The iPad offers publishers more control in setting eBook prices…Much more so than Amazon with their restrictive $9.99 cap. Motoko Rich, writing for the New York Times, puts it this way:
With a few notable exceptions, the print world welcomed Apple’s new iPad on Wednesday, eager to tap into the 125 million customers who already have iTunes accounts and are predisposed to buying more content from Apple.
We have learned that it is never wise to stand between a consumer and a preference” for how they get their content, said John Makinson, chief executive of Penguin Group, the book publisher.
The iPad may offer an even more attractive prospect: the chance to reset the downward spiral in e-book prices.
When Steven P. Jobs announced the new iBooks app, he said five of the six largest publishers — Hachette Book Group, HarperCollins Publishers, Macmillan, Penguin and Simon & Schuster— had signed on to provide e-book content for the new tablet.
In negotiations with Apple, publishers agreed to a business model that gives them more power over the price that customers pay for e-books. Publishers had all but lost that power on Amazon.com’s Kindle e-reader.
With Apple, under a formula that tethers the maximum e-book price to the print price on the same book, publishers will be able to charge $12.99 to $14.99 for most general fiction and nonfiction titles — higher than the common $9.99 price that Amazon had effectively set for new releases and best sellers. Apple will keep 30 percent of each sale, and publishers will take 70 percent.
One book publisher did not sign on to the iPad: Random House, the world’s largest publisher of trade books. Stuart Applebaum, a Random House spokesman, said the company would “look forward to our continuing conversations” with Apple.
In the short term, authors and publishers will most likely earn less from book sales on the iPad. On the Kindle, Amazon subsidizes the $9.99 price by paying publishers a higher wholesale price equivalent to what booksellers typically pay for print editions. But publishers were concerned that Amazon, as the dominant player, would eventually demand lower digital wholesale prices.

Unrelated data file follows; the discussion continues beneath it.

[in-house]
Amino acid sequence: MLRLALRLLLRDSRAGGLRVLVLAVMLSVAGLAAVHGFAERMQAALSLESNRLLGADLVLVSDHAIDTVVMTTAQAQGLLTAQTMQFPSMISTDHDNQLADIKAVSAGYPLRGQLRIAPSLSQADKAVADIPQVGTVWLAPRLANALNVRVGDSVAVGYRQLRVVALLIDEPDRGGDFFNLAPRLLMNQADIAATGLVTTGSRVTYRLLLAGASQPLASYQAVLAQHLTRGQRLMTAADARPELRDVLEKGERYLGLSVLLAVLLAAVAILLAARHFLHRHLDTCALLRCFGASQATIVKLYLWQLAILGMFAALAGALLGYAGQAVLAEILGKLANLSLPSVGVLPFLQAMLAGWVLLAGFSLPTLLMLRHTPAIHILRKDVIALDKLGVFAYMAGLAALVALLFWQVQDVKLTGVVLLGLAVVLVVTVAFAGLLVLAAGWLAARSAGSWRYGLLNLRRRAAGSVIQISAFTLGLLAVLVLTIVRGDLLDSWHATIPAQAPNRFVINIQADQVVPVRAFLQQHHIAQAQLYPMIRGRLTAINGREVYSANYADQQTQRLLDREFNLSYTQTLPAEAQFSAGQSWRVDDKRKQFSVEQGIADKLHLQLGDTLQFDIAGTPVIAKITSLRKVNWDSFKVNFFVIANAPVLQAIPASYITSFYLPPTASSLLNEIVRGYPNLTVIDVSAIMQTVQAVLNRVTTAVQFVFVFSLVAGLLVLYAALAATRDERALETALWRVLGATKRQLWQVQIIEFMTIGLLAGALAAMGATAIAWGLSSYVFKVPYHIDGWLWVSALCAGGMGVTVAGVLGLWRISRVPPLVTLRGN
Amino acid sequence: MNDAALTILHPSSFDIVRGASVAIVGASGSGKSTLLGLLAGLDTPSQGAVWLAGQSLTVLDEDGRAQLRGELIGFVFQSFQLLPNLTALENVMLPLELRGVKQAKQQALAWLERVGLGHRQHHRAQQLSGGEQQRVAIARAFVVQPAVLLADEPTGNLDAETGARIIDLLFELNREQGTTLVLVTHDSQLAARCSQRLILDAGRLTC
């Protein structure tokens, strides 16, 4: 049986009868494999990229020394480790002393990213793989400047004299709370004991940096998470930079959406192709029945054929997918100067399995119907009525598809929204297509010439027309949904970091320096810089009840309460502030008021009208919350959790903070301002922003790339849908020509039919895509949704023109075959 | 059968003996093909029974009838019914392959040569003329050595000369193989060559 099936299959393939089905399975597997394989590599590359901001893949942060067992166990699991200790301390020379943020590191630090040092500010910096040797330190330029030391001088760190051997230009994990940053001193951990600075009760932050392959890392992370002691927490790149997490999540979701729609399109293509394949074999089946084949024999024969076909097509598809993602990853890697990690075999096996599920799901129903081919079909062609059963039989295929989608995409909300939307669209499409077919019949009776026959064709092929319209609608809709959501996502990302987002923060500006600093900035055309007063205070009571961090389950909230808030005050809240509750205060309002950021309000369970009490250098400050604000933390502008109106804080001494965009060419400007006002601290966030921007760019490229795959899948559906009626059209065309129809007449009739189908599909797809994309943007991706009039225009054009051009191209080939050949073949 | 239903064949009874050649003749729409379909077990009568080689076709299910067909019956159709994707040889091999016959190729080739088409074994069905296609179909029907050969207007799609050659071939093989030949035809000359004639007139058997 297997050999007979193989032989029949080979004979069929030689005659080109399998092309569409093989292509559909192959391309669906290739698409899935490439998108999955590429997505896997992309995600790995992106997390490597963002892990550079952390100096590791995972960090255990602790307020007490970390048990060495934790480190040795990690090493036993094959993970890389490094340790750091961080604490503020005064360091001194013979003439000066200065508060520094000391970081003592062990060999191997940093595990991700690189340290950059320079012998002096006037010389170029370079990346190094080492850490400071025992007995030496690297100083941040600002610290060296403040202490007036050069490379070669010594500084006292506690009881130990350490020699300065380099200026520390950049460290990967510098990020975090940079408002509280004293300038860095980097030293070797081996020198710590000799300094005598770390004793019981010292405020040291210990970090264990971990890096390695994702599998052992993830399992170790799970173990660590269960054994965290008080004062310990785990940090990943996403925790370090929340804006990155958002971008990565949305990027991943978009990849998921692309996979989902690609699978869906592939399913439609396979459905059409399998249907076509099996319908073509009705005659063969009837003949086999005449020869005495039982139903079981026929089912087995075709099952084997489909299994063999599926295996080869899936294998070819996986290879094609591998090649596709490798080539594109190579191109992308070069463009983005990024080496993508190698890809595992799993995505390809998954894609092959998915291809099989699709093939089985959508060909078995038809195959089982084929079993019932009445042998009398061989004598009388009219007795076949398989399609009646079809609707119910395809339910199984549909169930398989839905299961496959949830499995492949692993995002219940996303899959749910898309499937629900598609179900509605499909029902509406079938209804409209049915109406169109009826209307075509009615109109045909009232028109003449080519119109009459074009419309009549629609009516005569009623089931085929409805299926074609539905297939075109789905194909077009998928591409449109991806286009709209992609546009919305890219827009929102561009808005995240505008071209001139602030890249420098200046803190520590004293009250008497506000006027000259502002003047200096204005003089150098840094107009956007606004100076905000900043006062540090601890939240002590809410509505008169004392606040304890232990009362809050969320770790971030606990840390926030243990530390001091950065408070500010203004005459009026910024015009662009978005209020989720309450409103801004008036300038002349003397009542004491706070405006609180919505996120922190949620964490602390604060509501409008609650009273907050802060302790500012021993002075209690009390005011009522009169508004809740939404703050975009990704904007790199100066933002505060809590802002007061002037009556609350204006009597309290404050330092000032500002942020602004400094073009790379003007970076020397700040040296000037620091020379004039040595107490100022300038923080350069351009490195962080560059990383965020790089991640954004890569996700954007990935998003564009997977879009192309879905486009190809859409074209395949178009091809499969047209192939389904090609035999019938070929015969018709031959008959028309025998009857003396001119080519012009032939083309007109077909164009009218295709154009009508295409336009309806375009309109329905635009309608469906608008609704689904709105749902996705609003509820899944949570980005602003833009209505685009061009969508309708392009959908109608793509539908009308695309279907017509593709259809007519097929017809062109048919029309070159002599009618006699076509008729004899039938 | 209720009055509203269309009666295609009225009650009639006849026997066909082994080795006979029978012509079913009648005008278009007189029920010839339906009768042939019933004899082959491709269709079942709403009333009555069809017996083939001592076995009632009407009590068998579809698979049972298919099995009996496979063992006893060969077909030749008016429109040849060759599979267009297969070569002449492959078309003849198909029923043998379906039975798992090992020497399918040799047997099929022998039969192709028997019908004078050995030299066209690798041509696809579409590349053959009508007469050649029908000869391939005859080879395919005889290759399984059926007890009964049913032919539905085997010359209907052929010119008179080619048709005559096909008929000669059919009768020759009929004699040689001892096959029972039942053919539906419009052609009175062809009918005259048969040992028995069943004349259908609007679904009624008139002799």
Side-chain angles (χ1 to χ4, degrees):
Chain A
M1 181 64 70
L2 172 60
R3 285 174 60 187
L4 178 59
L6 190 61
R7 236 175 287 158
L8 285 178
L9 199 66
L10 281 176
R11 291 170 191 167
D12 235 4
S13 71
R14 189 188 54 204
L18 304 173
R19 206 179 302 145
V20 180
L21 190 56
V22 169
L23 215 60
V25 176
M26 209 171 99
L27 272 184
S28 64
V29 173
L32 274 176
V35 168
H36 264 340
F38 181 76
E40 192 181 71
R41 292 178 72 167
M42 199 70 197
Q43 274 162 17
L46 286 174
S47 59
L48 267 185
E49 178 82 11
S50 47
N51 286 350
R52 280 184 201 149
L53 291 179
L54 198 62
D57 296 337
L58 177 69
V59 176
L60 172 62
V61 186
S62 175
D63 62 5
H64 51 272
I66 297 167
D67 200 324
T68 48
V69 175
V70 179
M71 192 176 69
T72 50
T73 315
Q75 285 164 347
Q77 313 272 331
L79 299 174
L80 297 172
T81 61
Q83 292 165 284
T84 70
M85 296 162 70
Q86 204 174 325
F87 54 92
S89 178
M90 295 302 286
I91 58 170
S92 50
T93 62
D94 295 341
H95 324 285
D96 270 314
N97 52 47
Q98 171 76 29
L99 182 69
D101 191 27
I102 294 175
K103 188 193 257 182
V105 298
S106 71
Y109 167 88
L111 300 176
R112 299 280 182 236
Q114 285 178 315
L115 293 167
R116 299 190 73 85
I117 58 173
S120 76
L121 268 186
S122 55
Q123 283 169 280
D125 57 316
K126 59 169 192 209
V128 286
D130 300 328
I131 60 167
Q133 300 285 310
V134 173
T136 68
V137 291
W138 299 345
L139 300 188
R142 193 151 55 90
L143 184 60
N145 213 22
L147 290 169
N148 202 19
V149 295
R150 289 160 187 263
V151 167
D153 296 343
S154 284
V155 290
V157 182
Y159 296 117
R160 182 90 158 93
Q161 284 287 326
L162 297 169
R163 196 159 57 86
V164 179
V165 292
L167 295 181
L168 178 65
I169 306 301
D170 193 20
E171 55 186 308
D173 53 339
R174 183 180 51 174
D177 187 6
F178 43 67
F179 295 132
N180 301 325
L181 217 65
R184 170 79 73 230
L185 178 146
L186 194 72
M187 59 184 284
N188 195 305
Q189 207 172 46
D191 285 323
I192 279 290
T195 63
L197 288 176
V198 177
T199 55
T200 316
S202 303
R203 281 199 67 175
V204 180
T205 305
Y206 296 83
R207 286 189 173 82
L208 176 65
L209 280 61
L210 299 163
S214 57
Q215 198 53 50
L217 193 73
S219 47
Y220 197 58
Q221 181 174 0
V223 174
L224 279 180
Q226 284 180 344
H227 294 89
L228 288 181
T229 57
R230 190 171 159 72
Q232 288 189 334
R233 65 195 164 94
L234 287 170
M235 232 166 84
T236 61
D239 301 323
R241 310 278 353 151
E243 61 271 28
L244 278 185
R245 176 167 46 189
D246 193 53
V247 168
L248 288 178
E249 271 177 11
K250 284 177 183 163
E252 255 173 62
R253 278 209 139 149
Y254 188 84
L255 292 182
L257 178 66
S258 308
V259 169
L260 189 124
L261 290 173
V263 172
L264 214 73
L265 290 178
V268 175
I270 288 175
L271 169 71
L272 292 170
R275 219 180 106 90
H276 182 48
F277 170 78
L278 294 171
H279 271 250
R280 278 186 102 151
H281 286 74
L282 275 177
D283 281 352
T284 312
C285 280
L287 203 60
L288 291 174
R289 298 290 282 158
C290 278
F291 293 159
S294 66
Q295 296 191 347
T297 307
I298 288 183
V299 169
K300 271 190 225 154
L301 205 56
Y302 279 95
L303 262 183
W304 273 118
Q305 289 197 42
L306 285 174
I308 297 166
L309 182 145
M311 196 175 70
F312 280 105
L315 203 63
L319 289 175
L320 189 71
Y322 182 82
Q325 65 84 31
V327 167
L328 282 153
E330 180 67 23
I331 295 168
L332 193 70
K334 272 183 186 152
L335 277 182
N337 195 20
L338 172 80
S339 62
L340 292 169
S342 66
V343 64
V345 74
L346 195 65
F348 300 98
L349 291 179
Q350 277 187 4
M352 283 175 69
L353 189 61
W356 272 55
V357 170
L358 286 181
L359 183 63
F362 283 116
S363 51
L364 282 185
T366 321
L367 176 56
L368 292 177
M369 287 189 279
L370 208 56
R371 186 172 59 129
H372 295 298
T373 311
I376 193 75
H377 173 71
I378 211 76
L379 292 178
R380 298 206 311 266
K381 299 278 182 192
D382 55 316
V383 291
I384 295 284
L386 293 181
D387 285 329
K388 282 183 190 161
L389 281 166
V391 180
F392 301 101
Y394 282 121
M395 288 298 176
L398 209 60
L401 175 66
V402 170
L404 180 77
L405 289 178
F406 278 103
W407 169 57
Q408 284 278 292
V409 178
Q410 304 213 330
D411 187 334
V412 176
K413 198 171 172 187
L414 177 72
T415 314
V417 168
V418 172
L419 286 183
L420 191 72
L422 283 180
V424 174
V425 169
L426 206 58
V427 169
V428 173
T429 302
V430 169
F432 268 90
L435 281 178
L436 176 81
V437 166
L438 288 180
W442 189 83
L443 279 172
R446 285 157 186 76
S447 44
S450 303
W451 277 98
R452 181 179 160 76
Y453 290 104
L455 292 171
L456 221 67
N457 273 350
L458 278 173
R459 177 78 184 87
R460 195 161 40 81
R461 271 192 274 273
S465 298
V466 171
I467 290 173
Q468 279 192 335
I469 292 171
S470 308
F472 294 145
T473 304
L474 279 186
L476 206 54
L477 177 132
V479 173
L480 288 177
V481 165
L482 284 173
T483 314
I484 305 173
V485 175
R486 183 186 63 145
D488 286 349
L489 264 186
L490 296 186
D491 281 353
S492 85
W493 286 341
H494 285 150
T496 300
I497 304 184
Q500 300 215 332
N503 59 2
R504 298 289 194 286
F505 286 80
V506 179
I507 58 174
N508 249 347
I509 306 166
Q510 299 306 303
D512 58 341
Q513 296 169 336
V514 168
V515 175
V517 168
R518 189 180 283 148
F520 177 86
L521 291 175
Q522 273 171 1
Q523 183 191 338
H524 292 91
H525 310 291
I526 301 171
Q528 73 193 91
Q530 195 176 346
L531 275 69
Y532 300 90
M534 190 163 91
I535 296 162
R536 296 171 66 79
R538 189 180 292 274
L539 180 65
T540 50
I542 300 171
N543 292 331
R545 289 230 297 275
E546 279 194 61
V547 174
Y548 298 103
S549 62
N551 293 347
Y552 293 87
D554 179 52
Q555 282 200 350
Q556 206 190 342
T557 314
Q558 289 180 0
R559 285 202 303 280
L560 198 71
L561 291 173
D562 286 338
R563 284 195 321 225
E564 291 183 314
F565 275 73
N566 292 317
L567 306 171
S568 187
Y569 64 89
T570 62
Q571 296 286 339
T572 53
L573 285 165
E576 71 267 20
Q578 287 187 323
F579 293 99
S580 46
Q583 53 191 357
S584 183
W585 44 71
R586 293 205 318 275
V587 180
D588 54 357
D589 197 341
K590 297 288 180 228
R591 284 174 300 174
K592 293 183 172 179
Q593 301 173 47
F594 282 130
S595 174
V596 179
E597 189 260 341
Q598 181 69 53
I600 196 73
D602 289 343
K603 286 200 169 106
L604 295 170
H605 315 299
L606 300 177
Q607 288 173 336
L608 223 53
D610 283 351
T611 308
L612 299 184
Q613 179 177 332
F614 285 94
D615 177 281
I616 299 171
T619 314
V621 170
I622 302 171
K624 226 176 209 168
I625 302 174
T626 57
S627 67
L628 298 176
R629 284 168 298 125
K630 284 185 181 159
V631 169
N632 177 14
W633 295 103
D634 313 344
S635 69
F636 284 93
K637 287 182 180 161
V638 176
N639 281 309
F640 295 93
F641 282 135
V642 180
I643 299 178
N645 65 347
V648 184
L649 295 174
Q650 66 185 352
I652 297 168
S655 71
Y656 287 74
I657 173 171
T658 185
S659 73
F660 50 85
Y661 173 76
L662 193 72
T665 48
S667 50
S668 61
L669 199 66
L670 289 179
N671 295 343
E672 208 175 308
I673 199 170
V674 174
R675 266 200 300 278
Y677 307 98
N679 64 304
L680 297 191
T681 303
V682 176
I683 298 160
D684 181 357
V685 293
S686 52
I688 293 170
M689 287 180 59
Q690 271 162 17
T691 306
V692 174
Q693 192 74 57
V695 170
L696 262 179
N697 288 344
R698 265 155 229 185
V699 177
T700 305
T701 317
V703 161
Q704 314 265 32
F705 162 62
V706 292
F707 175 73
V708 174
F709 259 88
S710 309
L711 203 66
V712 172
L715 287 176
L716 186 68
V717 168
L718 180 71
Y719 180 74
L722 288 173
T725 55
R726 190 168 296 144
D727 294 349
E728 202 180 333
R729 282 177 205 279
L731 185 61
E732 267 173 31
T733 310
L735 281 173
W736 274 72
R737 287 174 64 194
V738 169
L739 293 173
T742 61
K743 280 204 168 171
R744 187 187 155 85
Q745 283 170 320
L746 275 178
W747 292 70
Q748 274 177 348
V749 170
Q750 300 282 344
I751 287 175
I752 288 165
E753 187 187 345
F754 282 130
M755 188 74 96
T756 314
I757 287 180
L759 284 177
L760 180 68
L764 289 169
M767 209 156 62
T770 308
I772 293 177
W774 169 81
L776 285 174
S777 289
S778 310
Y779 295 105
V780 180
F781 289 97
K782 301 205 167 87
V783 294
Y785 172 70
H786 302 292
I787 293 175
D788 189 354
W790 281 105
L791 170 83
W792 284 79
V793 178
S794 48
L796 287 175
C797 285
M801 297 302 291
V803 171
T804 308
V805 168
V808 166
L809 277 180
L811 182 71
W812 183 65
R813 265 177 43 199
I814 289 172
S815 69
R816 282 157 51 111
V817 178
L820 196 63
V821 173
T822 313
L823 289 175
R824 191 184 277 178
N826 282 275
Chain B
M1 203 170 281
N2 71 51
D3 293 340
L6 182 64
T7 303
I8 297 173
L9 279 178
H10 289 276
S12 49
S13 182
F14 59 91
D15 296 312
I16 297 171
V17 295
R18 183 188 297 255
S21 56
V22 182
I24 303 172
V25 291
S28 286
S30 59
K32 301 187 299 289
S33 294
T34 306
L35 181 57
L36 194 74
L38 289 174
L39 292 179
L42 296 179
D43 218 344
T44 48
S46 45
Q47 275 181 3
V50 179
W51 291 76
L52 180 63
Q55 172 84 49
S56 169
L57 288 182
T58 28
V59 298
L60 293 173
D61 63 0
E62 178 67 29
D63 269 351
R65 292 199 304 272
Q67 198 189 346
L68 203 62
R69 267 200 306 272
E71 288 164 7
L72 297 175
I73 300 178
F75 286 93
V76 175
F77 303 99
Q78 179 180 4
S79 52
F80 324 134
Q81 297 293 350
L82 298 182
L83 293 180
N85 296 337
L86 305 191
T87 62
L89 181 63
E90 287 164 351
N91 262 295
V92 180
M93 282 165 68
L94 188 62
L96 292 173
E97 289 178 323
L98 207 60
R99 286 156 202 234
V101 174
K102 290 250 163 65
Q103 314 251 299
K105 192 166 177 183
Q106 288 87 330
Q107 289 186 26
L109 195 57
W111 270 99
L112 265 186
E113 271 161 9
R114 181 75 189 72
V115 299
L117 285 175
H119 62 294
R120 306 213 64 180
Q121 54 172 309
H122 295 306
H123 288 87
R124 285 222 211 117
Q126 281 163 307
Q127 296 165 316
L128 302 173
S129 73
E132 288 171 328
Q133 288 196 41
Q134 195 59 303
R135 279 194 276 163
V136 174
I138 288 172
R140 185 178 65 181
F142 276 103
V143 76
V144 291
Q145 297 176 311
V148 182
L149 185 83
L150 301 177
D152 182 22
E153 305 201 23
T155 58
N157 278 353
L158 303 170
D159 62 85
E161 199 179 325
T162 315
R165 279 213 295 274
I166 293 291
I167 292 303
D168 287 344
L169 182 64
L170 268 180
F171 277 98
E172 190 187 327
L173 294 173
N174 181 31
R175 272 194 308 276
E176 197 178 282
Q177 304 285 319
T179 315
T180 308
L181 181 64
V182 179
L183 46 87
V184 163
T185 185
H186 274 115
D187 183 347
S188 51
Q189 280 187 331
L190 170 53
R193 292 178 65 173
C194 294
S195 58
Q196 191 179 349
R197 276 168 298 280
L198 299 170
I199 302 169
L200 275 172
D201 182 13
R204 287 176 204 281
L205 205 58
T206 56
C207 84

The agreement with Apple gives publishers leverage to negotiate with Amazon on future pricing.
Publishers acknowledge that digital content should be priced lower than the print content. “We listened to what consumers have said,” said Carolyn Reidy, chief executive of Simon & Schuster.
Amazon and others are likely to continue selling e-books through the Apple app store even after the iBooks app arrives. No publisher wanted to discuss publicly what would happen if Amazon and others continued to charge $9.99 for new releases. But once Apple begins selling e-books at a higher price, publishers could withhold titles if Amazon continues to discount books to $9.99.
Antitrust attorneys suggested there could be legal complications if Amazon claimed that publishers were colluding to set prices, or dictating prices to retailers, which is illegal under a 2007 Supreme Court decision.
Newspapers had mixed reactions to the iPad. Martin A. Nisenholtz, senior vice president for digital operations of The New York Times Company, said the combination of iPad and app “joins the best of print with the best of digital.”
The Times has not struck any deals with Apple yet, making it too soon to say whether the newspaper would charge for the app or solicit subscriptions on the iPad.
But Christian A. Hendricks, the vice president for interactive media at McClatchy, which publishes The Miami Herald and The Kansas City Star, said, “We haven’t seen tremendous interest as far as demand for newspaper subscriptions on it.”